According to a recent filing with the Federal Communications Commission, Google could soon be testing a new wireless technology to deliver high-speed internet in 24 locations across the United States for a period of two years.
The technology itself will operate on frequencies between 3.4 and 3.8 GHz, which is much higher than typical wireless technology currently used by mobile networks, which are mostly limited to the 2.5 GHz range at the lower end of the 4G/LTE high-band spectrum.
To put it simply, Google is trying to bypass the last-mile of fiber delivery by making it wireless while still retaining its ability to deliver fiber-like internet speeds approaching 1Gbps.
But if you think you’re going to see it in your city and could be one of the lucky testers, then think again. These tests are being done under the utmost secrecy and will be conducted with either Google employees or testers with whom the company has worked before and considers to be “trusted.”
What are the Challenges?
There are several challenges to this technology, however. One of them is that such high-band signals are only capable of working in a direct line of sight. Concrete walls are a major problem and Google will be testing various options to help mitigate these issues. Nevertheless, fiber technology itself is one of the most reliable and the fastest options currently available.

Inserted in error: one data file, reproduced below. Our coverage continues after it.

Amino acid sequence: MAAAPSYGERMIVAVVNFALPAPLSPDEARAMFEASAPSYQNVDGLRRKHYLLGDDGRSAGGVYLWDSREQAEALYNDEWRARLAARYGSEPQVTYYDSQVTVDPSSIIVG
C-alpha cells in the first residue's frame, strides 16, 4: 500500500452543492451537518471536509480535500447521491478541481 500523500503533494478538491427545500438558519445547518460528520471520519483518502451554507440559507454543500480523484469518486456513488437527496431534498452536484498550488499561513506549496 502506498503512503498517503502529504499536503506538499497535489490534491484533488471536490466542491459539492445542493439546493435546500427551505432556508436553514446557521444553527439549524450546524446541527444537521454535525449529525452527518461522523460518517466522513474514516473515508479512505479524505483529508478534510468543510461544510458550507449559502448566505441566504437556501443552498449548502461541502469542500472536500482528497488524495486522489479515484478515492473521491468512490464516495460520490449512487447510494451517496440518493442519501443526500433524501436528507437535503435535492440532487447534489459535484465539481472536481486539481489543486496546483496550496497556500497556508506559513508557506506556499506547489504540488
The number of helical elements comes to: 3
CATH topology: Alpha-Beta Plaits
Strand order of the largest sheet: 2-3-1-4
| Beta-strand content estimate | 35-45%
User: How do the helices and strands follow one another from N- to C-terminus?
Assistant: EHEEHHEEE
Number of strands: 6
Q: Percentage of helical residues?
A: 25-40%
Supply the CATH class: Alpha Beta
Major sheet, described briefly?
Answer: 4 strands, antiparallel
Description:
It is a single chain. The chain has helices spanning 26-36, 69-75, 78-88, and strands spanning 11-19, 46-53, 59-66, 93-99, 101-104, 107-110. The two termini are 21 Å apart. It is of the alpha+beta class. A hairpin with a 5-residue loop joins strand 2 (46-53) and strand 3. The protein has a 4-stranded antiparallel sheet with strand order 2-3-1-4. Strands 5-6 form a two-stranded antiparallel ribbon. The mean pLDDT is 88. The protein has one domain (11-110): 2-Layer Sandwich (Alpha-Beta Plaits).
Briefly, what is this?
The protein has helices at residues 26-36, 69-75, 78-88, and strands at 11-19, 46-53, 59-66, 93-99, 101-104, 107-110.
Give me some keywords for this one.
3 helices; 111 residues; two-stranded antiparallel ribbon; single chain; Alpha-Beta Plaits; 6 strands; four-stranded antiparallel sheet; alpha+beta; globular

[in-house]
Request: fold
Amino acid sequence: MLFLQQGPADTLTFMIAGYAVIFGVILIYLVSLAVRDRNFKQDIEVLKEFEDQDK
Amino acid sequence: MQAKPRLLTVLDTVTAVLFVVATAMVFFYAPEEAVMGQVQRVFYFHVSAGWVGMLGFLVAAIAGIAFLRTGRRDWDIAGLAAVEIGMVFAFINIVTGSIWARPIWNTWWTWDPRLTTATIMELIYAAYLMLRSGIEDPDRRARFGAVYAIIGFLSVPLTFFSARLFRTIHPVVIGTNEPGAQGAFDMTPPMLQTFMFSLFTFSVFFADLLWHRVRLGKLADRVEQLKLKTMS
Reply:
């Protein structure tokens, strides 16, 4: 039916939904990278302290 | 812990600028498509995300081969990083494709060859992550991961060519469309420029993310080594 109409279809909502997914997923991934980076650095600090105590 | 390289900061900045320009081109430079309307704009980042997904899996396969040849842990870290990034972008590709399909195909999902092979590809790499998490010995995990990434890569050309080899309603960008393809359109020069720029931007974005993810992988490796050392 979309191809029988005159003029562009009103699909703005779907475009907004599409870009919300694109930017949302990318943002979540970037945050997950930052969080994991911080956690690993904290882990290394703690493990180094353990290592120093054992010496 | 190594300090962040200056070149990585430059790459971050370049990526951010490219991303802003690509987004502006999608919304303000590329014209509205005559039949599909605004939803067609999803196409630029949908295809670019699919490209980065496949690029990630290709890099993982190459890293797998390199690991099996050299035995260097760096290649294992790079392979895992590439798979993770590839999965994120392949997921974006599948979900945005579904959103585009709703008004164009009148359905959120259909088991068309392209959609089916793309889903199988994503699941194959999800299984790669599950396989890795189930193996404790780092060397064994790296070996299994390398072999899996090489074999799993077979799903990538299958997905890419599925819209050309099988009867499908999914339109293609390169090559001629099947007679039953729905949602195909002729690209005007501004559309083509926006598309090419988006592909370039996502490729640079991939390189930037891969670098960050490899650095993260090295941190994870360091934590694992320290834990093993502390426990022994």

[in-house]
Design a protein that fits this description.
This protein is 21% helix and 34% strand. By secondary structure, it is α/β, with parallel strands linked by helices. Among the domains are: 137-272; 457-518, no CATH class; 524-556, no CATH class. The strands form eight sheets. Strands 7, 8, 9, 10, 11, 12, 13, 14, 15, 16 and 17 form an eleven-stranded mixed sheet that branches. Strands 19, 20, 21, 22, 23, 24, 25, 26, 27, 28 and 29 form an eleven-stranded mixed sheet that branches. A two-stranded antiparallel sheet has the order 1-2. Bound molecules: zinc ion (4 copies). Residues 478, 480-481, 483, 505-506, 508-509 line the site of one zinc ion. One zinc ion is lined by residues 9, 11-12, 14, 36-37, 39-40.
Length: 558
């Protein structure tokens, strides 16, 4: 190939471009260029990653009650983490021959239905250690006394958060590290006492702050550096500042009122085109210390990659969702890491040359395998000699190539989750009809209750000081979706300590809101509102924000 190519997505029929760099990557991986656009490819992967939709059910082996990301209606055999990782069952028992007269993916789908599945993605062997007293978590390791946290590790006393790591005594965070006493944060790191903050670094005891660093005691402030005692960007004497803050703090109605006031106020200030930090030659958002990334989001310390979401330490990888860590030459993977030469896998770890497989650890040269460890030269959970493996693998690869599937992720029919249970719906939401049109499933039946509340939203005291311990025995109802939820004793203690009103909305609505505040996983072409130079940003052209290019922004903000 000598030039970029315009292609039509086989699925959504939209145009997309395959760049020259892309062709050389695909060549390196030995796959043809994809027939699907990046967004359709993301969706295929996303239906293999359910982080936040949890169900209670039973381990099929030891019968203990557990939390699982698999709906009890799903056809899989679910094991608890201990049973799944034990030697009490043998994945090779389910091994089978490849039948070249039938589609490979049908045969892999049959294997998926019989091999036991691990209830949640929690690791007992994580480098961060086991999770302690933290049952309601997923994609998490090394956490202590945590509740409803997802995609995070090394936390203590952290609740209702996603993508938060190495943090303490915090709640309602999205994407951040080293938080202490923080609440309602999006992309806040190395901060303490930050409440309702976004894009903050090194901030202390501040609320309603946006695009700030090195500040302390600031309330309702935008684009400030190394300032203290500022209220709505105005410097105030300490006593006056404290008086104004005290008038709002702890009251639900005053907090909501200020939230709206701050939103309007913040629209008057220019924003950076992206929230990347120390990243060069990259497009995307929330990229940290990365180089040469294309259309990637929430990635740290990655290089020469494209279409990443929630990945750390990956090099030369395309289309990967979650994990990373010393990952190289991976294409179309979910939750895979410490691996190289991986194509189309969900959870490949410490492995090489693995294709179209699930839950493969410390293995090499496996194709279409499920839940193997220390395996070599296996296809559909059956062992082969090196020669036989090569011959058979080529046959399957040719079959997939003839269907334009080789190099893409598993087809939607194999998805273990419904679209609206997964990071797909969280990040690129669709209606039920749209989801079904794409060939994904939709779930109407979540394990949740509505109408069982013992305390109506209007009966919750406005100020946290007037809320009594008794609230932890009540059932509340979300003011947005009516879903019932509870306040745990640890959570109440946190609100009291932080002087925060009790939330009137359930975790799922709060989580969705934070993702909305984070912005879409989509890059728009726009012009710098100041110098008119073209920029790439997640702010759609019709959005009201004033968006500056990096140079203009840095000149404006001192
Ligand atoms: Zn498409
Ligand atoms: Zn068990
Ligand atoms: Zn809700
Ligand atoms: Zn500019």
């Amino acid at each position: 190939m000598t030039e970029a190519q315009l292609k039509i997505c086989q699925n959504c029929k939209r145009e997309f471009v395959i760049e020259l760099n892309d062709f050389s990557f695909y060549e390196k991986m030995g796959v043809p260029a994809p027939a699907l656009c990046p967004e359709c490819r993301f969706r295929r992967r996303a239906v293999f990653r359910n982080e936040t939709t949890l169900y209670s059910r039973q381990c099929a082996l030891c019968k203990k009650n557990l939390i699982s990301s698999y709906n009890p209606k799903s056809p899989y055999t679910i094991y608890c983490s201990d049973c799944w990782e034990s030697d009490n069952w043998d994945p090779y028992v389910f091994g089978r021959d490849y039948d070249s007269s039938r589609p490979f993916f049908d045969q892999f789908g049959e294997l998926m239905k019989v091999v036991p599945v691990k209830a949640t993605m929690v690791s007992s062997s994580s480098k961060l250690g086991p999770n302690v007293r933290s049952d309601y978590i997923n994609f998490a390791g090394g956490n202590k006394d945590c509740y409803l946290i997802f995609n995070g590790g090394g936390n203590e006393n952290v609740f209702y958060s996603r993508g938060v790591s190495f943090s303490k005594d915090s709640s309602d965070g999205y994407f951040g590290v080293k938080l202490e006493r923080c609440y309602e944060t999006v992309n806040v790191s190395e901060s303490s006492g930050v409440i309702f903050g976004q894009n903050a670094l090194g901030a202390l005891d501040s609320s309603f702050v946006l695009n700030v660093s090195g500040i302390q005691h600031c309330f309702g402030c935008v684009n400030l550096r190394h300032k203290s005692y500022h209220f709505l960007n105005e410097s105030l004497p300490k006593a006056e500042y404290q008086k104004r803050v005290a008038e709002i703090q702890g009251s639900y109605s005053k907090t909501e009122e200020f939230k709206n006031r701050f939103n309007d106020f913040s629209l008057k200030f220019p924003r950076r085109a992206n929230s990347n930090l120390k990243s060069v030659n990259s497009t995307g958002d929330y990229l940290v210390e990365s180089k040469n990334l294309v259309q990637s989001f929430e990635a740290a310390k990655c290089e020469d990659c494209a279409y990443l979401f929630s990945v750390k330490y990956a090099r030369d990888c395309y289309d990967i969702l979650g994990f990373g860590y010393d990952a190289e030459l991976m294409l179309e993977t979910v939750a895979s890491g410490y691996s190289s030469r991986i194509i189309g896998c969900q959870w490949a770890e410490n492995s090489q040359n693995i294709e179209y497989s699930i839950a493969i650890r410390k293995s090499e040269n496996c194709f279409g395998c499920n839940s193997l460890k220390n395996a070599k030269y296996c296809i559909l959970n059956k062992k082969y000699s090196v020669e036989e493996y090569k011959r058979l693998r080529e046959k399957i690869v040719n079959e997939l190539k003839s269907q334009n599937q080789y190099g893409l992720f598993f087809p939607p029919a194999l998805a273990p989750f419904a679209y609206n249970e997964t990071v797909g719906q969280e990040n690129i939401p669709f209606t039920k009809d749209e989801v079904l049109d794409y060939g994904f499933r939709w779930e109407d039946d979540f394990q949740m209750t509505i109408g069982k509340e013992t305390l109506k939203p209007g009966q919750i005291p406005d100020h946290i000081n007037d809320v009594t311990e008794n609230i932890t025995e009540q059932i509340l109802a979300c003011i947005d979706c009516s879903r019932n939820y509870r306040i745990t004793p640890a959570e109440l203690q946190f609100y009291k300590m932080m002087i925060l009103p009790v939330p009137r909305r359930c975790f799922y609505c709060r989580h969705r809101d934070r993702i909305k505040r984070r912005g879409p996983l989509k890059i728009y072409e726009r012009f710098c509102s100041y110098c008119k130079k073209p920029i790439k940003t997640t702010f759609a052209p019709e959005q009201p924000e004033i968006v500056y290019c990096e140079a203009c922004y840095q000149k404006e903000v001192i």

With Google Fiber already being implemented in more and more cities this year, we could soon be seeing a nationwide shift to fiber networks and a commensurate reduction of copper network usage.
Who’s Helping Google Fiber Go Wireless?
Earlier this year Google acquired a company called Webpass, which is essentially an internet service provider with considerable experience in point-to-point wireless technology. That’s exactly the kind of expertise Google will need to full test this out as part of its plan to extend Google Fiber availability across the nation.
Two years seems like a lot of time for research and testing, but let’s not forget that if they crack this, we could see a massive rollout of 1Gbps fiber and wireless internet connectivity by Google before this decade is out.
The company has the cash and the drive to get this done. Their advertising revenues are stable for now, but may not show rapid growth the way it did when they were expanding their reach to the global market five and ten years ago. To offset the possible slowdown in revenue growth over the next ten-year period, Google is pushing hard on various initiatives including cloud infrastructure, YouTube Red, artificial intelligence and Google Fiber.
With such a test project underway, Google might soon move seriously into the ISP space and start to contend with majors like AT&T and Verizon. Of course, that’s not going to happen in the next five years at least, but if they can be the pioneers of wireless fiber internet to the home, that’s a head start that even the telecomm majors will find extremely hard to catch up to.
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